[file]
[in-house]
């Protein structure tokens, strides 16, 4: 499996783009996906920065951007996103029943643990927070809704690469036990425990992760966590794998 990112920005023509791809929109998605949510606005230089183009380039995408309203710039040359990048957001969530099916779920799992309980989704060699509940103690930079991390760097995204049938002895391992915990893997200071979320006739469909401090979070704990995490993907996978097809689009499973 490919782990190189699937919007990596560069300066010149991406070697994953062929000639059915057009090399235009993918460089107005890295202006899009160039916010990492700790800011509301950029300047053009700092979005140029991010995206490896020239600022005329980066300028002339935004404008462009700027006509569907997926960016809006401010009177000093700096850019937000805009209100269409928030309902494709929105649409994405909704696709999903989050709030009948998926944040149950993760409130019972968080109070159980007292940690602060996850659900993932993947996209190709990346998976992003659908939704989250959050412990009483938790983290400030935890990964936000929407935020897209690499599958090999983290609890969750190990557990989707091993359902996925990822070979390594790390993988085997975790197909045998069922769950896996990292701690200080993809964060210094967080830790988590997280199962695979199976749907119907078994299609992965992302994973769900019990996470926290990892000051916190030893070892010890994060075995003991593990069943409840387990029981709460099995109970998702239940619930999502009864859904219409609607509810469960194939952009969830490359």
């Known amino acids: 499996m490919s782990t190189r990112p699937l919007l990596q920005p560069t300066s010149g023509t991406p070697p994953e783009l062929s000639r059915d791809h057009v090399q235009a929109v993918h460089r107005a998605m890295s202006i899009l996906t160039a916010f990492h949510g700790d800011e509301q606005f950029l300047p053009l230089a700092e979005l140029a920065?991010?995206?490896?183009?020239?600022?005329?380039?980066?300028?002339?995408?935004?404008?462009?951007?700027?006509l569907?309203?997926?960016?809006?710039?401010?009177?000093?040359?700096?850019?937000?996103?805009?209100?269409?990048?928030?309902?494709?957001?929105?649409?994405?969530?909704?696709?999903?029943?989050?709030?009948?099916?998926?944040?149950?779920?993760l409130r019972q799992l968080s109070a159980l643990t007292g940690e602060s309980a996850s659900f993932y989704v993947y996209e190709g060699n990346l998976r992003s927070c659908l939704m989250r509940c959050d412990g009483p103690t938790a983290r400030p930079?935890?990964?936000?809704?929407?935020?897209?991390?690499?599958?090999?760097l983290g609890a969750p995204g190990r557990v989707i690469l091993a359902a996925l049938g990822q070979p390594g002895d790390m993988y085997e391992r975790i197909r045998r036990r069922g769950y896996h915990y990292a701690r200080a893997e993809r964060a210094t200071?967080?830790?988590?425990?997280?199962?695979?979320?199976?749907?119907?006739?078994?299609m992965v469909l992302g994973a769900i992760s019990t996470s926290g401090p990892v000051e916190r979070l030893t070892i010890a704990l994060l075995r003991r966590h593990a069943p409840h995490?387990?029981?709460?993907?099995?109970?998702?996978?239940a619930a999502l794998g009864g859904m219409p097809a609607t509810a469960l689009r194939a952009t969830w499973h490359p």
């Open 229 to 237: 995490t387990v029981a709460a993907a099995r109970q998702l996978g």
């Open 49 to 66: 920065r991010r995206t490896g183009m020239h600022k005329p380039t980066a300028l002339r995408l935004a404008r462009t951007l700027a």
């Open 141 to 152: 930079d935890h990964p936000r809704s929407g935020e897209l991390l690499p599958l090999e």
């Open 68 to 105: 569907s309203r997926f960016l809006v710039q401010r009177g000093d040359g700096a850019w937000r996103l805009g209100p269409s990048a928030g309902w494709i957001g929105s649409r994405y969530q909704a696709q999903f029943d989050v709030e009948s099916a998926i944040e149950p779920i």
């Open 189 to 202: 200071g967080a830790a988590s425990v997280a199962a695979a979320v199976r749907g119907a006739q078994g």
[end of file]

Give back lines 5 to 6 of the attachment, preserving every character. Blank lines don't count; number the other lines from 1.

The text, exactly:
């Open 49 to 66: 920065r991010r995206t490896g183009m020239h600022k005329p380039t980066a300028l002339r995408l935004a404008r462009t951007l700027a």
């Open 141 to 152: 930079d935890h990964p936000r809704s929407g935020e897209l991390l690499p599958l090999e």